RICHARD LITTLEJOHN: Theresa May should have solved this 'migrant crisis' back ...

Readers of a certain age will remember the famous Eighties TV commercial for an insurance company that promised: ‘We won’t make a drama out of a crisis.’

The advert was intended to reassure customers that no matter what calamity might befall them, their problems would be solved calmly, speedily and efficiently, with the minimum of fuss.

Sadly, it’s a message that has been lost on our modern generation of politicians, who are guaranteed to turn any minor hiccup into a full-blown, multi-million-dollar production number.

Not that there’s anything minor about the current cross-Channel traffic in illegal immigrants coming ashore on the Kent coast in increasing numbers. Since the story exploded on a slow news day over Christmas, the Government has gone into full headless chicken mode.

The latest group of migrants landed shortly after 8am today at Greatstone, near Lydd-on-Sea

The latest group of migrants landed shortly after 8am today at Greatstone, near Lydd-on-Sea

With great fanfare, Home Secretary Sajid Javid cuts short his family holiday in Africa to fly home and ‘take control’ of the situation. Everything is going according to the script. Javid arrives back in the middle of the night and changes from jeans and zipper jacket into his ‘I’m In Charge’ blue suit.

Hours later, he leaves his London home through a scrum of television reporters shouting inane questions, which they know perfectly well he has no intention of answering.

He convenes emergency meetings in Whitehall, then announces a plan of action, despite admitting in a newspaper article that, actually, there’s very little he can do to stop the influx of Iranians and other assorted foreign nationals making their way across the Channel.

Sajid Javid may be taking the flak right now, but he wasn¿t Home Secretary in March 2016, when this problem first came to light

Sajid Javid may be taking the flak right now, but he wasn’t Home Secretary in March 2016, when this problem first came to light

Javid could order the Navy to turn back any dinghy bound for Kent and return any passengers to France.

But he’s already rejected an offer of naval assistance from Defence Secretary Gavin Williamson because he doesn’t want Williamson to gain any political advantage at his expense.

Still, he has to be seen to be doing something, anything, to justify his dash back from his safari holiday. How long before Javid is filmed heading out to sea on the prow of a coastguard boat, like George Washington leading his troops across the Delaware River during the American Revolution — only in a hi-viz jacket, rather than a general’s uniform and tricorn hat.

Mind you, given this Government’s track record of dealing with illegal immigration, a better analogy would be Leonardo DiCaprio and Kate Winslet on the Titanic. All that matters is that Javid creates an impression of frantic activity, with him at the centre of it.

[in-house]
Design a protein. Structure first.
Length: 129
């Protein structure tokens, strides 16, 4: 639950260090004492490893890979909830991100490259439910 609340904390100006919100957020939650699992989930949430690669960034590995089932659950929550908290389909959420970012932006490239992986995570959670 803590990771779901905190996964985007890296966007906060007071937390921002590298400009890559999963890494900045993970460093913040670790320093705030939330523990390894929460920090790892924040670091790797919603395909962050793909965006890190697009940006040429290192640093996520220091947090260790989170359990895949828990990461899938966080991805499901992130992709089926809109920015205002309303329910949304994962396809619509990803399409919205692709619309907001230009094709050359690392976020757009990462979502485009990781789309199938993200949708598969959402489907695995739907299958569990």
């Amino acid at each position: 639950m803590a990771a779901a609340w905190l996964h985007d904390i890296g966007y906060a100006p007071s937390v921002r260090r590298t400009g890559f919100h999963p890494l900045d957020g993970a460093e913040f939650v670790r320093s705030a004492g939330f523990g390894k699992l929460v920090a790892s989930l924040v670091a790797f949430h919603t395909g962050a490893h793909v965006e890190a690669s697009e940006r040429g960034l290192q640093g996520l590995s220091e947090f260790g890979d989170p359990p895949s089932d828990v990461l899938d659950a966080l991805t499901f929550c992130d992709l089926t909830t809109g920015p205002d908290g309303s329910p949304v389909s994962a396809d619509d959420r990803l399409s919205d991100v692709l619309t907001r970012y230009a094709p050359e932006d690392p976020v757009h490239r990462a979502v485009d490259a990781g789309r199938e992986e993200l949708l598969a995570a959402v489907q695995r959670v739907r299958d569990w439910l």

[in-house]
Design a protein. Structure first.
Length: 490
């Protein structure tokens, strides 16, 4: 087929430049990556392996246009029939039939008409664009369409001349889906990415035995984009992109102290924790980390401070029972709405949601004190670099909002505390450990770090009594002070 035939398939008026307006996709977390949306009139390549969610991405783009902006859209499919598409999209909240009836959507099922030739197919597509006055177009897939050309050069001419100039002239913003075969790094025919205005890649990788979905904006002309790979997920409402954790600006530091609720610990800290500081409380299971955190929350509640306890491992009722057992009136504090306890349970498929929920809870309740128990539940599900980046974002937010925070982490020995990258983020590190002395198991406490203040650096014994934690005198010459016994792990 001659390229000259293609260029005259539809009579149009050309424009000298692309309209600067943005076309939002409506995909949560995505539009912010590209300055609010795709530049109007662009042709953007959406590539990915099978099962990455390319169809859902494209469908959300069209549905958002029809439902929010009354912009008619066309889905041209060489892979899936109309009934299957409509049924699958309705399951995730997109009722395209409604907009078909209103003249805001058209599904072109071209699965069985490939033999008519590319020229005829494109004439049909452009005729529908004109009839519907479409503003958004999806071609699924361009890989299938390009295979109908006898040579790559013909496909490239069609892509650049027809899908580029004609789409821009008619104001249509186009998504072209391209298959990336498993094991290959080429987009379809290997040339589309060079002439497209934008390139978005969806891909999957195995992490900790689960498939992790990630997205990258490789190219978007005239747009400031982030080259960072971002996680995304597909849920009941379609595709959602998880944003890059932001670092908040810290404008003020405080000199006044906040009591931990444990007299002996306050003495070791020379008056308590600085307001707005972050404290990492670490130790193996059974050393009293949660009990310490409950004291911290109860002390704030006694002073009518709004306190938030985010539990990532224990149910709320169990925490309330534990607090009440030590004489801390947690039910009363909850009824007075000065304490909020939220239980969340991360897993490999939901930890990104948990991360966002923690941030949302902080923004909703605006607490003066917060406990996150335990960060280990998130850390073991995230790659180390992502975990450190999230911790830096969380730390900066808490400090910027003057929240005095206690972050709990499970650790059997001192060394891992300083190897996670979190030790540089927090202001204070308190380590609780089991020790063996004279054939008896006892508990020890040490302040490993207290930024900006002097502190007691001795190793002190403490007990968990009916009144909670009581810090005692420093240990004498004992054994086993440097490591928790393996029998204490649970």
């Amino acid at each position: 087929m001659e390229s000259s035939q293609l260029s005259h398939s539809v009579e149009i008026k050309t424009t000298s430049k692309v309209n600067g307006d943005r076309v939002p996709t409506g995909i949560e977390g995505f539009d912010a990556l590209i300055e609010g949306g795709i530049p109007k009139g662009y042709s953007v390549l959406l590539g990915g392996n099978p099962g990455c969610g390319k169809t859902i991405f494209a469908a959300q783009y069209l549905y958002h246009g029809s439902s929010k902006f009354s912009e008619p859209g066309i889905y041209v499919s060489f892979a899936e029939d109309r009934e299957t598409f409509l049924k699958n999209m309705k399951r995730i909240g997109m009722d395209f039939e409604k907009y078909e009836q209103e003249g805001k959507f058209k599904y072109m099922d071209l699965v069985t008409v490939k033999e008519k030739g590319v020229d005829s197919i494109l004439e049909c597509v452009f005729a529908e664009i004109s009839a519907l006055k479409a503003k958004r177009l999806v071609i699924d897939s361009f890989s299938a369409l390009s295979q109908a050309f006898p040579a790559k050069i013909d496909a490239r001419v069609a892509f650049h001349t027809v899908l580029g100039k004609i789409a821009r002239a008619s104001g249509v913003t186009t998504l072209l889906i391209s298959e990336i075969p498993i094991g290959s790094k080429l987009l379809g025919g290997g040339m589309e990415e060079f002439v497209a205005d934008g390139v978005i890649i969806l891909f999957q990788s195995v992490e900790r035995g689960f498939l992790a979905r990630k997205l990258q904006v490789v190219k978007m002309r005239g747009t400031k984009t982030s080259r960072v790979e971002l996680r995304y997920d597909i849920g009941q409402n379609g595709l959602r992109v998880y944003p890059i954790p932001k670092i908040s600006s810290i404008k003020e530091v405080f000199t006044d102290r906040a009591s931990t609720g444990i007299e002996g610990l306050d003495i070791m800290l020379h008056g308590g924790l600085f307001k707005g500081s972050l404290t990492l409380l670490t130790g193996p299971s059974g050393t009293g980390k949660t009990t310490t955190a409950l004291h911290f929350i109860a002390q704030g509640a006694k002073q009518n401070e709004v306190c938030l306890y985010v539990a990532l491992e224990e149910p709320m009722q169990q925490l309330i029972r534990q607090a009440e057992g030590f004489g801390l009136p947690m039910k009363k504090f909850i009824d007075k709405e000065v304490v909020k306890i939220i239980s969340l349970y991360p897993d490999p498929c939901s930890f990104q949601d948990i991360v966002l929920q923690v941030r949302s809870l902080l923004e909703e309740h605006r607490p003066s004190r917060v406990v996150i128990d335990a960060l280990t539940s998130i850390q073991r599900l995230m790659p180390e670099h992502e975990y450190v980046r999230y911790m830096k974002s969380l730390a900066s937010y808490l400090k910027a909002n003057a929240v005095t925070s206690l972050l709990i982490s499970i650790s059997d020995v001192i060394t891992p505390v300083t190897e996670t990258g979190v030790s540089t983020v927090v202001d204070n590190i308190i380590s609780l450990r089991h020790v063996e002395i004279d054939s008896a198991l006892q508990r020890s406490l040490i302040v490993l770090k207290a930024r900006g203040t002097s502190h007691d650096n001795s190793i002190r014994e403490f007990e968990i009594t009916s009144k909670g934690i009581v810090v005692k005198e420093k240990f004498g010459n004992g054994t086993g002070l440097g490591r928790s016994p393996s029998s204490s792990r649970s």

Home Secretary Sajid Javid (pictured outside his home in London this morning) has battled through a chastening fortnight including the Gatwick drone fiasco and the migrant crisis

Home Secretary Sajid Javid (pictured outside his home in London this morning) has battled through a chastening fortnight including the Gatwick drone fiasco and the migrant crisis

None of this would be necessary, of course, had the Government not ignored the problem of illegals crossing the Channel when it first surfaced more than two-and-a-half years ago.

It’s not as if they didn’t know it was happening. Between March and May 2016, there were at least eight recorded incidents of Border Force officials intercepting attempts to enter Britain by boat, via beaches in Kent and Sussex.

On May 31 that year, after 18 Albanians were picked up in a rubber dinghy off Kent, I wrote a spoof Shipping Forecast, illustrated by a Gary cartoon, of a country under siege from foreign nationals on a variety of inflatables.

Here’s a flavour of it. ‘Forties, Dogger. High chance of Iraqis, pretending to be Syrians, seen clinging to lilos near North Sea oil rig, bound for Bridlington . . .’

You get the idea. And still they kept coming, unhindered, throughout the summer. In September 2016, the Mail’s Sue Reid hired a small inflatable boat in France and sailed across the Channel to Dover. She passed a French coastguard vessel, a naval patrol and landed safely without anyone challenging her or asking to see her passport.

The French Patrolman of Gendarmerie boat, the Athos, rescues 11 migrants 15 miles off Calais

The French Patrolman of Gendarmerie boat, the Athos, rescues 11 migrants 15 miles off Calais

Six days earlier, a group of illegal immigrants had jumped off a private boat near Felixstowe, in Suffolk, and simply vanished.

In November 2016, I returned to the subject, when a man who claimed to be Iranian, but probably wasn’t, was found rowing towards Britain in an inflatable kayak.

I wrote at the time: ‘Instead of towing him back to Calais, he was rescued and given a lift to Croydon, where his asylum claim was processed. If the authorities aren’t going to deport them to France, it will only encourage even more desperate illegals to attempt the hazardous journey in everything from children’s paddling pools to inflatable armbands.

‘I don’t know if anyone has yet landed in Margate clinging to one of Del Boy’s blow-up sex dolls, but, at this rate, it can only be a matter of time.’

Gary’s cartoon featured a family in an inflatable dinosaur and one man on a giant banana.

While I played it for laughs, Sue Reid stuck doggedly to the story. In a brilliant dispatch in last Saturday’s Mail, she revealed how illegal immigrants from

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